Aristotle, though he did not believe in God as such, developed five inductive, a posteriori arguments which pointed towards a "prime mover". These arguments were later used by St Thomas Aquinas as the basis for his five ways to God, summarised in about a page and a half of his mammoth work the Summa Theologica
(First part, a, Question 2, Article 3). The study of this passage of the Summa
forms the basis of most Philosophy of Religions specifications today in England, Wales, Northern Ireland, Scotland and Ireland and crops up as part of courses in Philosophy, Critical Thinking, Theory of Knowledge and the Study of Religions all over the world. Puts things in context doesn't it; you spend up to two years focussing on something that takes 5 minutes to read carefully, a fraction of one per cent of even one book written by one scholar.
According to Aquinas, the existence of God can be proved in five ways:1. Motion The first and more manifest way is the argument from motion. It is certain, and evident to our senses, that in the world some things are in motion. Now whatever is in motion is put in motion by another, for nothing can be in motion except it is in potentiality to that towards which it is in motion; whereas a thing moves inasmuch as it is in act. For motion is nothing else than the reduction of something from potentiality to actuality. But nothing can be reduced from potentiality to actuality, except by something in a state of actuality. Thus that which is actually hot, as fire, makes wood, which is potentially hot, to be actually hot, and thereby moves and changes it. Now it is not possible that the same thing should be at once in actuality and potentiality in the same respect, but only in different respects. For what is actually hot cannot simultaneously be potentially hot; but it is simultaneously potentially cold. It is therefore impossible that in the same respect and in the same way a thing should be both mover and moved, i.e. that it should move itself. Therefore, whatever is in motion must be put in motion by another. If that by which it is put in motion be itself put in motion, then this also must needs be put in motion by another, and that by another again. But this cannot go on to infinity, because then there would be no first mover, and, consequently, no other mover; seeing that subsequent movers move only inasmuch as they are put in motion by the first mover; as the staff moves only because it is put in motion by the hand. Therefore it is necessary to arrive at a first mover, put in motion by no other; and this everyone understands to be God.
2. The efficient cause The second way is from the nature of the efficient cause. In the world of sense we find there is an order of efficient causes. There is no case known (neither is it, indeed, possible) in which a thing is found to be the efficient cause of itself; for so it would be prior to itself, which is impossible. Now in efficient causes it is not possible to go on to infinity, because in all efficient causes following in order, the first is the cause of the intermediate cause, and the intermediate is the cause of the ultimate cause, whether the intermediate cause be several, or only one. Now to take away the cause is to take away the effect. Therefore, if there be no first cause among efficient causes, there will be no ultimate, nor any intermediate cause. But if in efficient causes it is possible to go on to infinity, there will be no first efficient cause, neither will there be an ultimate effect, nor any intermediate efficient causes; all of which is plainly false. Therefore it is necessary to admit a first efficient cause, to which everyone gives the name of God. 3. Possibility and necessity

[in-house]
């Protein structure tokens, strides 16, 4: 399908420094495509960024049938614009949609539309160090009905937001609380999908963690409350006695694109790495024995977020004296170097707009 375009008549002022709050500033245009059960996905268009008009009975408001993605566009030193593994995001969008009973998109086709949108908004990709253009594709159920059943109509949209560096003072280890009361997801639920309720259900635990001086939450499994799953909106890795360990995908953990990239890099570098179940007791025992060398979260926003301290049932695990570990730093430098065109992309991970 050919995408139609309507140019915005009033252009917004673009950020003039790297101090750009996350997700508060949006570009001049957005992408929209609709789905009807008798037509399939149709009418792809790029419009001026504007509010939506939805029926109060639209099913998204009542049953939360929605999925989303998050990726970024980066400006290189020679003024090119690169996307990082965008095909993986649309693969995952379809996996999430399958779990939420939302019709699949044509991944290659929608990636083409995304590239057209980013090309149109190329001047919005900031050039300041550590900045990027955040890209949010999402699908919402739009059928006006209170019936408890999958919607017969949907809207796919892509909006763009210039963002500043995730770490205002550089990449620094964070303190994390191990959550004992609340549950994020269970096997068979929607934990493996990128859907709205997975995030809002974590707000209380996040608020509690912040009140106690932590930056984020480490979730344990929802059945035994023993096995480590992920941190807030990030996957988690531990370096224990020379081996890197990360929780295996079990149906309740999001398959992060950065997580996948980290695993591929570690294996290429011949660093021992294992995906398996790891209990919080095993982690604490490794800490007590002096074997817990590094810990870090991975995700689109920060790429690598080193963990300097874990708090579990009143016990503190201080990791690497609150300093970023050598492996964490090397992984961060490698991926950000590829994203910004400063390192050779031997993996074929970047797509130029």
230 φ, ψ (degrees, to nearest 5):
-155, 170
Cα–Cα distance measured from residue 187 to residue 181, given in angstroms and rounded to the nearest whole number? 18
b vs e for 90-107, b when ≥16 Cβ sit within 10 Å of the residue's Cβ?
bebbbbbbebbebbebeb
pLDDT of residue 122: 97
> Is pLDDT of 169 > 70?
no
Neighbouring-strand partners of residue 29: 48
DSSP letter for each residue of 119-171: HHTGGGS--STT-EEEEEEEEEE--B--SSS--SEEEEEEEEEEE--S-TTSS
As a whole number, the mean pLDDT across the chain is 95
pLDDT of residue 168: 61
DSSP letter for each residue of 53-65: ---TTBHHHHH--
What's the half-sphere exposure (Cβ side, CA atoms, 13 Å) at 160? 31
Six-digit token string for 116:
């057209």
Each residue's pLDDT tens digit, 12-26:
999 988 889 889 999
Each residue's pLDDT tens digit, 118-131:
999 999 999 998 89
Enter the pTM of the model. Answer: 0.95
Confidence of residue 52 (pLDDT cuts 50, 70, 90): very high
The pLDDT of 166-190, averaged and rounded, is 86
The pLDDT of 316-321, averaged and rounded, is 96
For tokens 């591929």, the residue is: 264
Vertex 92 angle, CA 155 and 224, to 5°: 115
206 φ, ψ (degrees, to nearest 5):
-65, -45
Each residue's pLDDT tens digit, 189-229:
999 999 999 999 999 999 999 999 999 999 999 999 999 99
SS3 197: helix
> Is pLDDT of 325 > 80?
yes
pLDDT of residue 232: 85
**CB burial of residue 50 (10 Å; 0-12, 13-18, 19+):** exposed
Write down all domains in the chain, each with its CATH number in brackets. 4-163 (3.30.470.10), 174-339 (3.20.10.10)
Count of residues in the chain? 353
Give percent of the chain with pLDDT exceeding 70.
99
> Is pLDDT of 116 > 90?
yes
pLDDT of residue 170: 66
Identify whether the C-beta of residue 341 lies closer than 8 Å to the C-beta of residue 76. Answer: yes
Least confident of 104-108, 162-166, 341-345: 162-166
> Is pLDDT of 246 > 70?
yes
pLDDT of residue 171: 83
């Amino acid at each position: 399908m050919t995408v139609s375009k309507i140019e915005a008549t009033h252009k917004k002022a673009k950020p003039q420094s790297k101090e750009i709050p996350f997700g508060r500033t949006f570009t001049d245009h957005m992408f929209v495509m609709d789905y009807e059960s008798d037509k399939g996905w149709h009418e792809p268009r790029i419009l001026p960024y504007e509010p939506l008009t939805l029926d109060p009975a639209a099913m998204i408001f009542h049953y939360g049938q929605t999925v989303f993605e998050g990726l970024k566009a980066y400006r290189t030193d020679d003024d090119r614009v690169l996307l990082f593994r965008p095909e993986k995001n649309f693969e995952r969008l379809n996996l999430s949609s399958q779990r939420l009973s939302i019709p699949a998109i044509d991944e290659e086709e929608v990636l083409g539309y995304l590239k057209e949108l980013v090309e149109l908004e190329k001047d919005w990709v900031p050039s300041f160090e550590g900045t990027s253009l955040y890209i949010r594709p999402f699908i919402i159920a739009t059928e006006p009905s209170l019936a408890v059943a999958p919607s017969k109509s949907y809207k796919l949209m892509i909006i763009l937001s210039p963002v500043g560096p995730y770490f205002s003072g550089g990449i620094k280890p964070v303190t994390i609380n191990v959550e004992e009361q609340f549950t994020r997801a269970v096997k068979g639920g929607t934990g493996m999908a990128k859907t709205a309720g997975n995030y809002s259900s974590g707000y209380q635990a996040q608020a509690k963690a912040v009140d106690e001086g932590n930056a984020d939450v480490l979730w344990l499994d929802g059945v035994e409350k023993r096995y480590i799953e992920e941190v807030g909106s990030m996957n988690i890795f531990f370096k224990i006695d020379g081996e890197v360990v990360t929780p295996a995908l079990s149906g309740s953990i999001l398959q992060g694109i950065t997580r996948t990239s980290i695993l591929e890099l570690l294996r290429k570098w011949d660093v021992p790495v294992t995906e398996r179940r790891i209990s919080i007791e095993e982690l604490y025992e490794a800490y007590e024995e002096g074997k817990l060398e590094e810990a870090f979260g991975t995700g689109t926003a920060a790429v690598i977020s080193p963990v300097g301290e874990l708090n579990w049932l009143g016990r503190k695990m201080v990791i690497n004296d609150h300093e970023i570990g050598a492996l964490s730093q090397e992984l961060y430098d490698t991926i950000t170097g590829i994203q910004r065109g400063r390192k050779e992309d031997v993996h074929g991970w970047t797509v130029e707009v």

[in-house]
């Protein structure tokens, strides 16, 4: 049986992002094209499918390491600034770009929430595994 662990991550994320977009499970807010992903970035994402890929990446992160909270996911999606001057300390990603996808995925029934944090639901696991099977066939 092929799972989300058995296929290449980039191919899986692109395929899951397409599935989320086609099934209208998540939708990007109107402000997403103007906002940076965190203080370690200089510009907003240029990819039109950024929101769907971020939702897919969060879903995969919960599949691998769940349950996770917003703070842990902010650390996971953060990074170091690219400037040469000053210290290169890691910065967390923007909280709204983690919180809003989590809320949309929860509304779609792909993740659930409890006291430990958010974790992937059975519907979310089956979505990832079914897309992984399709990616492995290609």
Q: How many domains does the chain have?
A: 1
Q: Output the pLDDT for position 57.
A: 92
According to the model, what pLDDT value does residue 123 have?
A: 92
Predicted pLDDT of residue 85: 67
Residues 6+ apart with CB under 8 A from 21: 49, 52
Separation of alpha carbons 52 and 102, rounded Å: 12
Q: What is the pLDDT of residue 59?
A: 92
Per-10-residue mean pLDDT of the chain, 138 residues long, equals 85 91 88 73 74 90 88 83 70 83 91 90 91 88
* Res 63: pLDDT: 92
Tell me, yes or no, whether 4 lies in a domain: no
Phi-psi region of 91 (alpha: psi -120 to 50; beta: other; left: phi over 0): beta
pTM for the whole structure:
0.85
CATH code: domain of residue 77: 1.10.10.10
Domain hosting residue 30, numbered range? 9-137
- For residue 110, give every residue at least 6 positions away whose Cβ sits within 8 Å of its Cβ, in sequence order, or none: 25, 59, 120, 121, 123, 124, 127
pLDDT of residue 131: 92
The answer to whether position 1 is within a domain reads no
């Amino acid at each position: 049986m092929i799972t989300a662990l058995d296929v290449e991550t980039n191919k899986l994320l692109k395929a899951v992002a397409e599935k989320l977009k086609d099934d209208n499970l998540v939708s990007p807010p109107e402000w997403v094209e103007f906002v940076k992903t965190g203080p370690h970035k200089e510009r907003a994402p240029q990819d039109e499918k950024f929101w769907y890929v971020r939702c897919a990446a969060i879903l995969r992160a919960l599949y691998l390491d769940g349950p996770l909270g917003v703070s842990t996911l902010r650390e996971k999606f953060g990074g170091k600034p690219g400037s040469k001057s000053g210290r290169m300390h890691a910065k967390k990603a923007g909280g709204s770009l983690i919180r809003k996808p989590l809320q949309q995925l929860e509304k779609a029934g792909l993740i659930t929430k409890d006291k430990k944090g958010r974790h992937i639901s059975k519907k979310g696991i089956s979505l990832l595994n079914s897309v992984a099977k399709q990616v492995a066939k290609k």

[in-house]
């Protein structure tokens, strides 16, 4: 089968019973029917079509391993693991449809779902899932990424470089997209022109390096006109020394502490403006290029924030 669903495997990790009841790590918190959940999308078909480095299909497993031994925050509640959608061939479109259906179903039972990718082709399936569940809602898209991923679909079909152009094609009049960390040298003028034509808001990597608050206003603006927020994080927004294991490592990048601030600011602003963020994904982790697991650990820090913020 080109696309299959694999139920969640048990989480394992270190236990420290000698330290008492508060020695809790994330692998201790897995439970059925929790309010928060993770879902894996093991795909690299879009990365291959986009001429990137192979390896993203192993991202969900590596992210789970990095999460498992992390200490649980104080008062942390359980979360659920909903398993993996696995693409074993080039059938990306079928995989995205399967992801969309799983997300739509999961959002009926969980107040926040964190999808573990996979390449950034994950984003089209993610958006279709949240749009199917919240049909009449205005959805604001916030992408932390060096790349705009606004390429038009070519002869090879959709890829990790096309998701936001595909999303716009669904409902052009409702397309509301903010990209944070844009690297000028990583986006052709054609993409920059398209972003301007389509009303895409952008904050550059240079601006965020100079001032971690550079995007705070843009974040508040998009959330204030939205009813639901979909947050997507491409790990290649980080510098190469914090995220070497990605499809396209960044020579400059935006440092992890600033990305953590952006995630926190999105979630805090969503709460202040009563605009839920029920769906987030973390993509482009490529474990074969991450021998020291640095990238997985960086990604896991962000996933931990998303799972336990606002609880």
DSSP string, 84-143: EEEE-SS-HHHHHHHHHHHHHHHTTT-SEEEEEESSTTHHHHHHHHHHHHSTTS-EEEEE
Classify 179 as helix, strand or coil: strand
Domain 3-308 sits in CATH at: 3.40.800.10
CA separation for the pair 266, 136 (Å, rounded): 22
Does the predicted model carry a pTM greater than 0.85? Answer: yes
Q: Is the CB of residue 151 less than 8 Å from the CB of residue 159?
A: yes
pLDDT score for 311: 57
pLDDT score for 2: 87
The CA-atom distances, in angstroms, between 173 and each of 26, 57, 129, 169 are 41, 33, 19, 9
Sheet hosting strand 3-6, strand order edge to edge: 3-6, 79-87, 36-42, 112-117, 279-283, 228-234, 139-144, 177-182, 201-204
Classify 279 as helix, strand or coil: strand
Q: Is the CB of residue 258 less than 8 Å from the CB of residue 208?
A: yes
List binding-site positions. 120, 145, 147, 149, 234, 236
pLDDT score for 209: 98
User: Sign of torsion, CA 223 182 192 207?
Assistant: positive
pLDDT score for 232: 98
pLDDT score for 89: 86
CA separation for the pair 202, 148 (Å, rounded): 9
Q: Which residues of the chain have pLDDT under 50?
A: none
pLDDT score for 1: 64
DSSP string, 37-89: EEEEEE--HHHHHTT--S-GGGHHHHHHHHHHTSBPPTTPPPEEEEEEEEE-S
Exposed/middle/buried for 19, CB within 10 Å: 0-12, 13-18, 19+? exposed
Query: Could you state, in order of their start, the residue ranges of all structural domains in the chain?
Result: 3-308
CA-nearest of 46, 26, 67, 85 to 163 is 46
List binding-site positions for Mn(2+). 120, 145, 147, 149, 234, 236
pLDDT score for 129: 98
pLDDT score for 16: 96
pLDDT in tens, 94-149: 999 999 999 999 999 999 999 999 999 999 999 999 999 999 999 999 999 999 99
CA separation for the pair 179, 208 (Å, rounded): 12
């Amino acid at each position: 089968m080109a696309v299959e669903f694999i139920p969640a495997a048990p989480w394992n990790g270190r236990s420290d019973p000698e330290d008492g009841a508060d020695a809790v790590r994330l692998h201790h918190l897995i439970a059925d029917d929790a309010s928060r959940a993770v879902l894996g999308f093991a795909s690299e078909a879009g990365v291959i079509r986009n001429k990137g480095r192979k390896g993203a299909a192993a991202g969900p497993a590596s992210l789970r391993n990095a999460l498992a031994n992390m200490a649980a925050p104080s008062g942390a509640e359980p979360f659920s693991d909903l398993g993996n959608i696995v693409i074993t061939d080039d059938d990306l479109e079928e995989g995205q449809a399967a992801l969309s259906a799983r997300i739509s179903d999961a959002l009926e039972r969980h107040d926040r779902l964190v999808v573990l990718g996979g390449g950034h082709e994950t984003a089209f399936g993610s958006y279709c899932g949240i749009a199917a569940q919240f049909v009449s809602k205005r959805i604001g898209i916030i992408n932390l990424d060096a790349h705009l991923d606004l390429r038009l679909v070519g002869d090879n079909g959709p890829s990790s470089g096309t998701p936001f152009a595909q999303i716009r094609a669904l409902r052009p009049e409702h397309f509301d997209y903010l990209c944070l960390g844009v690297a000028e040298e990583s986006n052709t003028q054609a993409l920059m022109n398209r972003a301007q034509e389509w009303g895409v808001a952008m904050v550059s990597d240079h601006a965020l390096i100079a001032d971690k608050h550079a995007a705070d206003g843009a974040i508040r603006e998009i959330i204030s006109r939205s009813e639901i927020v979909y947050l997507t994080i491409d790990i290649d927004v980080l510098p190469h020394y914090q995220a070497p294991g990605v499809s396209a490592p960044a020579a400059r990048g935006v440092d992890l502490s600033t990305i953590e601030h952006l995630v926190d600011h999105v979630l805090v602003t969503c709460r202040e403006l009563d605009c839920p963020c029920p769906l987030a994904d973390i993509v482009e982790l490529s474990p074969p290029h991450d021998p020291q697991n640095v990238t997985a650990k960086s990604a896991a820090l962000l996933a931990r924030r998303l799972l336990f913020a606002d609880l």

The third way is taken from possibility and necessity, and runs thus. We find in nature things that are possible to be and not to be, since they are found to be generated, and to corrupt, and consequently, they are possible to be and not to be. But it is impossible for these always to exist, for that which is possible not to be at some time is not. Therefore, if everything is possible not to be, then at one time there could have been nothing in existence. Now if this were true, even now there would be nothing in existence, because that which does not exist only begins to exist by something already existing. Therefore, if at one time nothing was in existence, it would have been impossible for anything to have begun to exist; and thus even now nothing would be in existence - which is absurd. Therefore, not all beings are merely possible, but there must exist something the existence of which is necessary. But every necessary thing either has its necessity caused by another, or not. Now it is impossible to go on to infinity in necessary things which have their necessity caused by another, as has been already proved in regard to efficient causes. Therefore we cannot but postulate the existence of some being having of itself its own necessity, and not receiving it from another, but rather causing in others their necessity. This all men speak of as God.
In the first three of the five ways to God Aquinas, drawing on Aristotle, observes order in the universe (the word for order in Greek is Kosmos) and draws a logical conclusion about why that order exists. All cosmological arguments work in this way; they observe order, a principle or law in the universe and then conclude that there must be an explanation for this which is, as Aquinas puts it, what "all men speak of as God". Cosmological arguments may therefore be described as inductive, a posteriori and strong and like all such arguments, the best ways of refuting them is either to demonstrate that the order, law or principle is not present in the universe or to dispute that its cause is what "we call God".